GC Daily: Deluge can't stop the USA, (but maybe it should have?)

Brazil and the USA booked their spots in the 2024 Gold Cup final, while Mexico and Canada went home. Let's unpack the chaos.

GC Daily: Deluge can't stop the USA, (but maybe it should have?)
Vanessa Gilles (left) and Jaedyn Shaw (right) battle the rain in San Diego | Courtesy of Concacaf

Wednesday's Semifinal results:
Brazil 3-0 Mexico
USA (3) 2*-2 (1) Canada

The Snapshot

The opening semifinal of the day wasn't a classic. South American champions Brazil made light work of Mexico cruising to a three-goal win that could've easily been more from 23 attempts.

That being said, the Selecao did get a helping hand when the referee turned to VAR in the 29th minute and sent off left-back Nicki Hernandez for denying an obvious goalscoring opportunity. With Mexico having to play for over an hour with 10 players, the game felt decided.

At the time of the red card, Brazil was already one goal to the good. Arthur Elias' team was dominating the early phases of the game and had pinned back El Tri to the edge of their box. It was arguably their best performance of the tourney so far.

After 20 minutes of sustained pressure, Adriana cutely netted in from close range. Antonia hit a screamer from outside the box on 32 minutes. Yasmim put the icing on the cake with a back-heel just after halftime. Pure joga bonito.

In the second semifinal, despite what the scoreboard says, common sense was in fact the real loser.

A sudden torrential downpour, right before kickoff in San Diego, should've prevented the game from starting. Instead, one of the worst quality and more dangerous halves of football you will ever see took place. The pitch was drenched and not fit for purpose.

Players on both teams, splished, splashed and flailed their way through the semifinal. At one point Trinity Rodman was literally tackled by a rogue puddle. It was wet nonsense.

Jaedyn Shaw opened the scoring thanks to a delicate touch from another sopping puddle in the Canada box. Much to the chagrin of Vanessa Gilles, who played the unfortunate back pass across the aqua plain.

Jordyn Huitema then sent the game to extra-time when she got an aerial mismatch on Emily Fox right before the end of normal time. Just what we needed, more play on this stupid silly soaked pitch.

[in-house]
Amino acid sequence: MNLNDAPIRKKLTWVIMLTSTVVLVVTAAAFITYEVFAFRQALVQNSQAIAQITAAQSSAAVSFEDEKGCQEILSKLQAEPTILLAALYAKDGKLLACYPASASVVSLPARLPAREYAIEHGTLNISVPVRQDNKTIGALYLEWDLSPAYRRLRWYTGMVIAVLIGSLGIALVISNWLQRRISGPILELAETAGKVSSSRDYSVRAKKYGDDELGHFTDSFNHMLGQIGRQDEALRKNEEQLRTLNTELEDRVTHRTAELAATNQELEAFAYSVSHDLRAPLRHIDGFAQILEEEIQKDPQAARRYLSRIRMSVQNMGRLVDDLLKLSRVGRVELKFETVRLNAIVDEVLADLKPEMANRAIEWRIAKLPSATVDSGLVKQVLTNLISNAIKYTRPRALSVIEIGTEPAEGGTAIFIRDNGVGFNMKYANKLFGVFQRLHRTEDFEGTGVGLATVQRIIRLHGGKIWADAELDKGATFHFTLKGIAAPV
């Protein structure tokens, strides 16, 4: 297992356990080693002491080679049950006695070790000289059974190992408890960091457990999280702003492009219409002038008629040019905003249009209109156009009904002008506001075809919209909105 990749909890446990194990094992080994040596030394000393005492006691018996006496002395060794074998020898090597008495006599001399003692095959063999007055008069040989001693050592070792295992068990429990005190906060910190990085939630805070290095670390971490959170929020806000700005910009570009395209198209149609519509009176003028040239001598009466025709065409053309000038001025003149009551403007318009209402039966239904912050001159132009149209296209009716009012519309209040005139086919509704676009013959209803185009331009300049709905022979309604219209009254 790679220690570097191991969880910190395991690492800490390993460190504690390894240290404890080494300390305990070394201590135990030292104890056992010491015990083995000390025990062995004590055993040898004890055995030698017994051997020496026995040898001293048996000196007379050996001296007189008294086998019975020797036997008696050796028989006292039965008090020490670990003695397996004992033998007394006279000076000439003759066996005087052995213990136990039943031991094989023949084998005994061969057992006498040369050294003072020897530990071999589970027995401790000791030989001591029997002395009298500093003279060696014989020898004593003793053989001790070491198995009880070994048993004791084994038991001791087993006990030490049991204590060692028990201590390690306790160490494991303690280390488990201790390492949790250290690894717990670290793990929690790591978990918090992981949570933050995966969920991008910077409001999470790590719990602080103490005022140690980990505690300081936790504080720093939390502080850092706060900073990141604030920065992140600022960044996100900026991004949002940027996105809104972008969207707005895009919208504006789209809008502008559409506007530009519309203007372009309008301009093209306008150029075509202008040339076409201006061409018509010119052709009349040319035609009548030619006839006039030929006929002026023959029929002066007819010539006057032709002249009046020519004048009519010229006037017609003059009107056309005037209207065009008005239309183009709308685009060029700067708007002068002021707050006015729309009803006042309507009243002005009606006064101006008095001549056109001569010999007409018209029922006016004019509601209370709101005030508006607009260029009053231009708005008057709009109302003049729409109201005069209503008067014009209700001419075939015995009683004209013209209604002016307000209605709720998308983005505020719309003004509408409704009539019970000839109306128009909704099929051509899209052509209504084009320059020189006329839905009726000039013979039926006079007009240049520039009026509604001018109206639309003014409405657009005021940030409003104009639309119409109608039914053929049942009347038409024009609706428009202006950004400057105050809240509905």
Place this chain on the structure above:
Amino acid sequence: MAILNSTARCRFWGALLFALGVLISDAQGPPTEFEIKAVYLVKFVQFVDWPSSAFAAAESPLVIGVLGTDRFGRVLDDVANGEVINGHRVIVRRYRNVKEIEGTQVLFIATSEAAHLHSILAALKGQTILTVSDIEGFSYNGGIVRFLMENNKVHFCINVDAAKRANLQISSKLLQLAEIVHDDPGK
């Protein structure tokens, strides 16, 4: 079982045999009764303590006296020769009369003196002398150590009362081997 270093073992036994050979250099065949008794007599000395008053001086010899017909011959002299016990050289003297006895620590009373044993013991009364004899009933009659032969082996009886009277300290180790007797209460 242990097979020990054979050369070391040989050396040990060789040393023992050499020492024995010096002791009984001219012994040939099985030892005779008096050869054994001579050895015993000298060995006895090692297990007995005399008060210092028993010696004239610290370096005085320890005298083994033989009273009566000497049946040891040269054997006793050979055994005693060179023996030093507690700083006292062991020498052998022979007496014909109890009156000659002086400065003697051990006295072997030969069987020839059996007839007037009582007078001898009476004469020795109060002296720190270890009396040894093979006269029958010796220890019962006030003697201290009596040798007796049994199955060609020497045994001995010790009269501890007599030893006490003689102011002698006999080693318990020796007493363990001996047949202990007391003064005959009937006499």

Sophia Smith thought she had won it in extra-time, but in the 122nd minute Alyssa Naeher caught Gilles square in the jaw and the ref duly pointed to the spot. Adriana Leon converted, forcing a shootout.

Despite a truly chaotic end to the match, Naeher put her errors behind her and went full hero mode. She saved three almost identically struck Canadian penalties in the shootout, in addition to stepping up and converting one herself too.

“The real loser is the Gold Cup"

Joke's on us. Mexico did in fact not lose today, we actually lost. Long-distance goals will not be the same without El Tri.

Sticking up for the exciting brand of football that his team brought to the tournament, Mexico head coach Pedro Lopez delivered this iconic line in the wake of El Tri's exit: “The real loser is the Gold Cup because Mexico is leaving."

The entertainers of the 2024 W Gold Cup have absolutely left a legacy on the tournament and on fans both in Mexico and the United States. There are significant gains to build on from their performances.

There was the turgid expectation of the Argentina draw, the relentless freedom of the D.R. victory, the intensity of the historic USA win, the chaos of overcoming Paraguay and now the boxing out by Brazil.

Courtesy of the Mexico national team

"I think that the future of the Mexican women's team is going to be up from here," Lopez stated. "I am not satisfied with beating the United States once. I think we have potential for more. I think that in a normal match, in which there are not so many circumstances against us, we can beat Brazil.